House types in Angahuan: traditional and modern. Photo: Tony Burton; all rights reserved

House types in Angahuan: traditional and modern. Photo: Tony Burton; all rights reserved

The distinctive house-types of Angahuan called trojes, are built of wooden beams with steep roofs. They are slowly giving way to modern monstrosities built with concrete blocks. The roofs of the traditional houses have either two or four slopes. Those with two slopes, one each side of the house, are called techos a dos aguas (literally “two waters”, “saddle roof” in English), those with four slopes techos a cuatro aguas (“four waters” or “hip roof”).

Angahuan: loudspeakers like this one relay village news.

Angahuan: loudspeakers like this one relay village news. Photo: Tony Burton; all rights reserved

Many small Mexican towns and villages rely on a village loudspeaker system for relaying all important events and news. Angahuan is no exception; look for the speakers mounted high over the plaza. Local announcements are in Purépecha, the local Indian language totally unintelligible to Spanish speakers. This is the only common language for the Indians in this area, since many of the older people do not speak Spanish. When necessary, their children will often translate for them. The Purépecha language is not closely linked to any other native Mexican language, but is apparently distantly related to that spoken by the Zuni of the USA and the Quechua and Aymara of South America.

Angahuan is one of the most accessible Purépecha villages in Mexico and well worth visiting, especially if your interests lie more in indigenous ways of life than in the splendid scenery and interesting geology of its surroundings.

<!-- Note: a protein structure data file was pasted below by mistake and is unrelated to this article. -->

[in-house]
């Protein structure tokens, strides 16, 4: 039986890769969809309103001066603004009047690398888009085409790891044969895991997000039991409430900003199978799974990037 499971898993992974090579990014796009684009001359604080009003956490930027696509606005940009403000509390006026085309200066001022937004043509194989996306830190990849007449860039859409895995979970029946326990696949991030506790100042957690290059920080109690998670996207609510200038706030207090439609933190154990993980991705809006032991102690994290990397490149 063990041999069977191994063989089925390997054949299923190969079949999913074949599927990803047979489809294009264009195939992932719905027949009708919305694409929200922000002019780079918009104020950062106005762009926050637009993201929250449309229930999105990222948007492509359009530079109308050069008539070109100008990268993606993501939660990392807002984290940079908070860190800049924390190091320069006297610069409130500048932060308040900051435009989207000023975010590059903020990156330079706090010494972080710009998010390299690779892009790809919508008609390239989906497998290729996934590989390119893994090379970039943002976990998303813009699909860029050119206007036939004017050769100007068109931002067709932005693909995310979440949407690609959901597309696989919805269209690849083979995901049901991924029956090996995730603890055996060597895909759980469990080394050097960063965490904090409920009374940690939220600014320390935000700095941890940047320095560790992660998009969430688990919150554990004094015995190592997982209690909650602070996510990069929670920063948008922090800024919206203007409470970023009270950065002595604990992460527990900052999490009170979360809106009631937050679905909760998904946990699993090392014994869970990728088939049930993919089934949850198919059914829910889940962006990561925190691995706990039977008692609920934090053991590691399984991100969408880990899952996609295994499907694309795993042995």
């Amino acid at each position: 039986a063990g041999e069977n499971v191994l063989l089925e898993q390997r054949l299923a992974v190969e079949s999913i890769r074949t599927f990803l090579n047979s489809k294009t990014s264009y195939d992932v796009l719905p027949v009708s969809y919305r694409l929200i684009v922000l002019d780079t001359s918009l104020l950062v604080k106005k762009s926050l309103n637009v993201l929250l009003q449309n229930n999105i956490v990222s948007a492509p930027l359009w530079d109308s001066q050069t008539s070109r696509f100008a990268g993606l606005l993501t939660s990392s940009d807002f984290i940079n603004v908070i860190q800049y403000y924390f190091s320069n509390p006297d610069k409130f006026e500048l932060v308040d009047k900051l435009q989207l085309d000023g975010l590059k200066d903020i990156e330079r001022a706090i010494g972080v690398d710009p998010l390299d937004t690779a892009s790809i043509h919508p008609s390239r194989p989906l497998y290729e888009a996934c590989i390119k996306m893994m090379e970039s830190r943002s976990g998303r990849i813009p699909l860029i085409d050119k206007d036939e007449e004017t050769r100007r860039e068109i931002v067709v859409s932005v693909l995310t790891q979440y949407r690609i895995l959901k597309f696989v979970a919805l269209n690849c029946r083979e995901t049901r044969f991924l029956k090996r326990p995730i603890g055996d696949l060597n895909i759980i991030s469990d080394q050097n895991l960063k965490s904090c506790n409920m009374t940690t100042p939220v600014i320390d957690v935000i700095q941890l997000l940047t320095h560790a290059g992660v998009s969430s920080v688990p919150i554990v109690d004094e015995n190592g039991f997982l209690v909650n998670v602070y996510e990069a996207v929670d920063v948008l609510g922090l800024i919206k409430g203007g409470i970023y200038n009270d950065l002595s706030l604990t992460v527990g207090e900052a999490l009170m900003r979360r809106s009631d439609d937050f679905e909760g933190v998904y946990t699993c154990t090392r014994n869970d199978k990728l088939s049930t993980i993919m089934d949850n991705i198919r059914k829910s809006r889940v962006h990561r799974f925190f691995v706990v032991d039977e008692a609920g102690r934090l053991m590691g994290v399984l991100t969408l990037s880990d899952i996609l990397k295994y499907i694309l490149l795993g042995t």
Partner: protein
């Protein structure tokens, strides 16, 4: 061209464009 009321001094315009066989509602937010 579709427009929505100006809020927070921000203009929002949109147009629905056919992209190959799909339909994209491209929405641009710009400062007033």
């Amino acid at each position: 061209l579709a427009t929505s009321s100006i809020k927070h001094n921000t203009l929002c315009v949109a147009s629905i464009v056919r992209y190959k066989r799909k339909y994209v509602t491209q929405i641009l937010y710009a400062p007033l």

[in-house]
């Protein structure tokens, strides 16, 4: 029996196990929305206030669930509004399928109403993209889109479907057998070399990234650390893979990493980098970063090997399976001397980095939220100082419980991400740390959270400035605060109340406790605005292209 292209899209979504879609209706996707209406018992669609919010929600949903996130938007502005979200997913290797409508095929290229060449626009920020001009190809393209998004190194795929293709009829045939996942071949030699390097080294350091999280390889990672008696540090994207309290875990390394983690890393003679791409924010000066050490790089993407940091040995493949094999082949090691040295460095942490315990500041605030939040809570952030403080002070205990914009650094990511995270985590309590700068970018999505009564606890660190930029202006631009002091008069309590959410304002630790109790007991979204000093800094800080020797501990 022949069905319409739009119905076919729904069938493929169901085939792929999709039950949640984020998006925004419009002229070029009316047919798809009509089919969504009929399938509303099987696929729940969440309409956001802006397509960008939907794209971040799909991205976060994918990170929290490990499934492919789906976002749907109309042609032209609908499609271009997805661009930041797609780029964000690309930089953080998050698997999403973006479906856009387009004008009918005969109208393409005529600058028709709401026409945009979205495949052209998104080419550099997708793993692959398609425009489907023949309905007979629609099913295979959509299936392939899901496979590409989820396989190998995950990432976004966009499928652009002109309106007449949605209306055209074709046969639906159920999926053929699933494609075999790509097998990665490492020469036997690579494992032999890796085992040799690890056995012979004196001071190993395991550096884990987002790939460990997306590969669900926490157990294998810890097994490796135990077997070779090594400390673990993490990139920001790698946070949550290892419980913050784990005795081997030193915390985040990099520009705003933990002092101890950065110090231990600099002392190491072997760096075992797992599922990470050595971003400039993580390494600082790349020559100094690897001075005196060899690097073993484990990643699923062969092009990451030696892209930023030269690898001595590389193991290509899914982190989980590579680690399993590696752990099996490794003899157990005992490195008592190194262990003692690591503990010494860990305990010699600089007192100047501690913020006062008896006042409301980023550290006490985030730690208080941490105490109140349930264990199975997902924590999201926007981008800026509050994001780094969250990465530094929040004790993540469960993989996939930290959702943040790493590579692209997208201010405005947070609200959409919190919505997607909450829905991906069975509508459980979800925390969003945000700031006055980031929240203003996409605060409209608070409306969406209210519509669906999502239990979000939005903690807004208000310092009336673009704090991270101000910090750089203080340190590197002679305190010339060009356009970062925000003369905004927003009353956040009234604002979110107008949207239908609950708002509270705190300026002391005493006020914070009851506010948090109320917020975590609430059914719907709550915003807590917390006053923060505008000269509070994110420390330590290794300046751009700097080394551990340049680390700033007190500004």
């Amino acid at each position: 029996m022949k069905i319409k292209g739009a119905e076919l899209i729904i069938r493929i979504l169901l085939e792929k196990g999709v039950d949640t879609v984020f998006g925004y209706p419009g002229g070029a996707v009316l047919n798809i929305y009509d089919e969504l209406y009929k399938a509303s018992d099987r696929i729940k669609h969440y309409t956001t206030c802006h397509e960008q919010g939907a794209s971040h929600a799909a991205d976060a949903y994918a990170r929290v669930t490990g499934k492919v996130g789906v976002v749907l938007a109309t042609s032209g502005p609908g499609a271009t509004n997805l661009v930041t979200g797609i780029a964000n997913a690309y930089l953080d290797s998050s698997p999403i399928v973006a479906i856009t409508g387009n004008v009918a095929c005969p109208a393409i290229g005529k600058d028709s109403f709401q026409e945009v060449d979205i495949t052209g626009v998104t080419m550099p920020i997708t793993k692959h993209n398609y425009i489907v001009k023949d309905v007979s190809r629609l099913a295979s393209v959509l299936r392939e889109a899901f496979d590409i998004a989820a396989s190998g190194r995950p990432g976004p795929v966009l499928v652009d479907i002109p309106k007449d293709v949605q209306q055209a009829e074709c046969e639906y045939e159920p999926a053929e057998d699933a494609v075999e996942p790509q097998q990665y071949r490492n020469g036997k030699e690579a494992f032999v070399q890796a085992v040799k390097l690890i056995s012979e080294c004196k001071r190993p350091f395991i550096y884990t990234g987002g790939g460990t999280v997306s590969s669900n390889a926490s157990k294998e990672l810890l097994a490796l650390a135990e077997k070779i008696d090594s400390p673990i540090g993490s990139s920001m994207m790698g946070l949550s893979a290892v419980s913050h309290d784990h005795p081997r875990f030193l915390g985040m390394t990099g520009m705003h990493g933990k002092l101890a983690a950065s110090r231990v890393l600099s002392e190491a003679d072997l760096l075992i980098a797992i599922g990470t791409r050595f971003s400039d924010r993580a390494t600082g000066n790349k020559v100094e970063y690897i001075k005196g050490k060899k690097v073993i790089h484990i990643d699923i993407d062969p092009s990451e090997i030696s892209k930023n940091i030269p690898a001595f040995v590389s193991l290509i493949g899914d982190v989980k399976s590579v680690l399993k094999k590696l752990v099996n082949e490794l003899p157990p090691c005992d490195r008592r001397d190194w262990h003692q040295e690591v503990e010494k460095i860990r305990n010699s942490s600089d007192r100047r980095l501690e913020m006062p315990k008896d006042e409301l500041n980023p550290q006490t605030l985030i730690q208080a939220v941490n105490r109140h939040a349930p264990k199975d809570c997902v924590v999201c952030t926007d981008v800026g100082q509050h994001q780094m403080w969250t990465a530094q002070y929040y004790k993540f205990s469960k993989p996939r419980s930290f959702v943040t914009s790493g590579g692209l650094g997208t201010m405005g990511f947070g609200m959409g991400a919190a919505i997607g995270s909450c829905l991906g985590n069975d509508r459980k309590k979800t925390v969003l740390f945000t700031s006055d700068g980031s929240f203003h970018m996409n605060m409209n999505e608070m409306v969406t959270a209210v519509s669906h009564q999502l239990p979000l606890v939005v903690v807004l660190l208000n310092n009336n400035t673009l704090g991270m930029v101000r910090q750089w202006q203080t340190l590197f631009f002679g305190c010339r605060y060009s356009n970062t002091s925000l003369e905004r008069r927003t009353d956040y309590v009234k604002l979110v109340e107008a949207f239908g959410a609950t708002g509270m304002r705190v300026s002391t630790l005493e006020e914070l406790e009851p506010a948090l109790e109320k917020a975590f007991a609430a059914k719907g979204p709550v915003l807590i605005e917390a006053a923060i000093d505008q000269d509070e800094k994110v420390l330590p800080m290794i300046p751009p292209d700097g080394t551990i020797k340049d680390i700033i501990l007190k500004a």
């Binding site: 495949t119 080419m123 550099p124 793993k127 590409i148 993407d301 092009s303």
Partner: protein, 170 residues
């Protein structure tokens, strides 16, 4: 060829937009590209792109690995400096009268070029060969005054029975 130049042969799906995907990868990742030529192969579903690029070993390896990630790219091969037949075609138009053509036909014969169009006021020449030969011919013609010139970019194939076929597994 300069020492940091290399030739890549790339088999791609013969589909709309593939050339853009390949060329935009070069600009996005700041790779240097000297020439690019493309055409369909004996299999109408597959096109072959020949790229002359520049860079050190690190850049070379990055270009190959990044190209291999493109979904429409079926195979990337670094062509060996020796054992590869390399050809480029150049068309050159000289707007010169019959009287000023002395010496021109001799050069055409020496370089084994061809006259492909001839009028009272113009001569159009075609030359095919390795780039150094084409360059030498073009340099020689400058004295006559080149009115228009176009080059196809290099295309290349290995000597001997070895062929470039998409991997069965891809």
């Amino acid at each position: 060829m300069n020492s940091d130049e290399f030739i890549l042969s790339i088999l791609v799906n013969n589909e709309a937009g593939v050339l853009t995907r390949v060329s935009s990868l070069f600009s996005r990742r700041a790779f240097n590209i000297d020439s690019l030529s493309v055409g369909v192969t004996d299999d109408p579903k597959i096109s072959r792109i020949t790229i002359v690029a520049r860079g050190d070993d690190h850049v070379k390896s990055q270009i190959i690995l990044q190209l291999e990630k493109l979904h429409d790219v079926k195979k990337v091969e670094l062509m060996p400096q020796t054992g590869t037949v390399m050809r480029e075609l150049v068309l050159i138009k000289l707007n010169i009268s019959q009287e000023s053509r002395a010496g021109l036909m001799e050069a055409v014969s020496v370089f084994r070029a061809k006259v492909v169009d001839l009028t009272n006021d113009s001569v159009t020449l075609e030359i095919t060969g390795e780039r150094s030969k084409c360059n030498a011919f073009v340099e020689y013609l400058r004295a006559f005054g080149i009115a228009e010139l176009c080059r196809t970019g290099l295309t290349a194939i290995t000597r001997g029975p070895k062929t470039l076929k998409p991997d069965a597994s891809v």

This post is a lightly edited extract from my “Western Mexico: A Traveler’s Treasury” (Sombrero Books, 2013). “Western Mexico: A Traveler’s Treasury” is also available as either a Kindle edition or Kobo ebook.

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Aug 162012
 

Six months ago, we gave an optimistic mention of Maya Biosana, a cacao megaproject in Quintana Roo, noting that it had received the support of the federal Agriculture Secretariat (Sagarpa):

We also noted that the project was not without its critics. In this post, we look at some of the claims, counterclaims and available evidence.

What is Maya Biosana?

The Maya Biosana project aims to make Mexico the leading producer of organic cacao in the Americas. In the early phases, Maya Biosana claims it will plant one million cacao trees to create 500 hectares (1200 acres) of irrigated orchards in 12 communities near Chetumal in Quintana Roo, with similar numbers of new trees to be planted annually for another three years. The trees are expected to yield 2.4 metric tons of cacao per hectare, produce 4800 metric tons of cacao a year (destined for high quality chocolates) by 2017 and provide up to 2,000 additional jobs.

A fuller description of the intended project (pdf file, in Spanish) is available on the Sagarpa website.

Pipedream or reality?

Industry insiders, such as Denver-based chocolate maker Steve DeVries, who leads specialist tours to the cacao growing regions of Mexico, Costa Rica and Ecuador, have drawn our attention to the fact that such numbers will be virtually impossible to achieve. In their view, producing and planting one million cacao plants will take far longer than a year, even in ideal circumstances. They also point out that a million trees on 500 hectares would be an average planting density of 2000 plants/hectare. According to the Food and Agriculture Organization (FAO), about half that figure, 1025 plants/hectare, would be a more normal spacing.

The Maya Biosana project apparently intends to plant only cacao Criollo. Of the three main varieties of cacao (see further reading for more details) – Forastero, Criollo and Trinitario –  Criollo produces the most flavorful chocolate, but is little used at present in the mainstream chocolate industry because it is very susceptible to disease, and takes longer to reach maturity. The most widely grown variety is Forastero, which is hardy but least flavorful, while Trinitario, a hybrid of the first two, falls somewhere in the middle.

This makes Criollo a very strange choice for such a major plantation. In fact, industry insiders say, there is no source anywhere in Mexico for the huge quantity of Criollo grafts that the Maya Biosana project would require.